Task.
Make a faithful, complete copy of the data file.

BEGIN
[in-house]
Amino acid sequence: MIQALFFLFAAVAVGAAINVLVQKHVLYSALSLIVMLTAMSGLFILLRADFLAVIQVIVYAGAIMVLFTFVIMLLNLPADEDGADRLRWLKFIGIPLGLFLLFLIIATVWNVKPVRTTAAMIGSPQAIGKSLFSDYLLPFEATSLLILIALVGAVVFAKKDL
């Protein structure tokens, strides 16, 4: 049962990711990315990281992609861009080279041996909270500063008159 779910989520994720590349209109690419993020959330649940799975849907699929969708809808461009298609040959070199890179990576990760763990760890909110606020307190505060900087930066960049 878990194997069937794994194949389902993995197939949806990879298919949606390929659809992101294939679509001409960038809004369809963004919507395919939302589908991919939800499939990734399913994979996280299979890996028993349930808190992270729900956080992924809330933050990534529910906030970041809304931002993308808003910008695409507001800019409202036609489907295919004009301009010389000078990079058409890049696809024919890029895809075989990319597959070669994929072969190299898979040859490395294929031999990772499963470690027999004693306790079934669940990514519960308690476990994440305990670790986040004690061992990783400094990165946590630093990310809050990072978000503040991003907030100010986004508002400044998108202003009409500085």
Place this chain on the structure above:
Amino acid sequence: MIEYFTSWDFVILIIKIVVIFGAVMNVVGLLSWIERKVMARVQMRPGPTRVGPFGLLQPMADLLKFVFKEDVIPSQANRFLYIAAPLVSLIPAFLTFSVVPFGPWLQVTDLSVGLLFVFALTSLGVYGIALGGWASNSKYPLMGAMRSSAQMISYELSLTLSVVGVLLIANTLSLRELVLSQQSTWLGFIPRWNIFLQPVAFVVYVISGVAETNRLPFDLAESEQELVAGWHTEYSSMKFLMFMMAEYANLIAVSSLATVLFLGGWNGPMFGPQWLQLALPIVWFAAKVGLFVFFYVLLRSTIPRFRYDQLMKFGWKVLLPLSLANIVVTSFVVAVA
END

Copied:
[in-house]
Amino acid sequence: MIQALFFLFAAVAVGAAINVLVQKHVLYSALSLIVMLTAMSGLFILLRADFLAVIQVIVYAGAIMVLFTFVIMLLNLPADEDGADRLRWLKFIGIPLGLFLLFLIIATVWNVKPVRTTAAMIGSPQAIGKSLFSDYLLPFEATSLLILIALVGAVVFAKKDL
């Protein structure tokens, strides 16, 4: 049962990711990315990281992609861009080279041996909270500063008159 779910989520994720590349209109690419993020959330649940799975849907699929969708809808461009298609040959070199890179990576990760763990760890909110606020307190505060900087930066960049 878990194997069937794994194949389902993995197939949806990879298919949606390929659809992101294939679509001409960038809004369809963004919507395919939302589908991919939800499939990734399913994979996280299979890996028993349930808190992270729900956080992924809330933050990534529910906030970041809304931002993308808003910008695409507001800019409202036609489907295919004009301009010389000078990079058409890049696809024919890029895809075989990319597959070669994929072969190299898979040859490395294929031999990772499963470690027999004693306790079934669940990514519960308690476990994440305990670790986040004690061992990783400094990165946590630093990310809050990072978000503040991003907030100010986004508002400044998108202003009409500085």
Place this chain on the structure above:
Amino acid sequence: MIEYFTSWDFVILIIKIVVIFGAVMNVVGLLSWIERKVMARVQMRPGPTRVGPFGLLQPMADLLKFVFKEDVIPSQANRFLYIAAPLVSLIPAFLTFSVVPFGPWLQVTDLSVGLLFVFALTSLGVYGIALGGWASNSKYPLMGAMRSSAQMISYELSLTLSVVGVLLIANTLSLRELVLSQQSTWLGFIPRWNIFLQPVAFVVYVISGVAETNRLPFDLAESEQELVAGWHTEYSSMKFLMFMMAEYANLIAVSSLATVLFLGGWNGPMFGPQWLQLALPIVWFAAKVGLFVFFYVLLRSTIPRFRYDQLMKFGWKVLLPLSLANIVVTSFVVAVA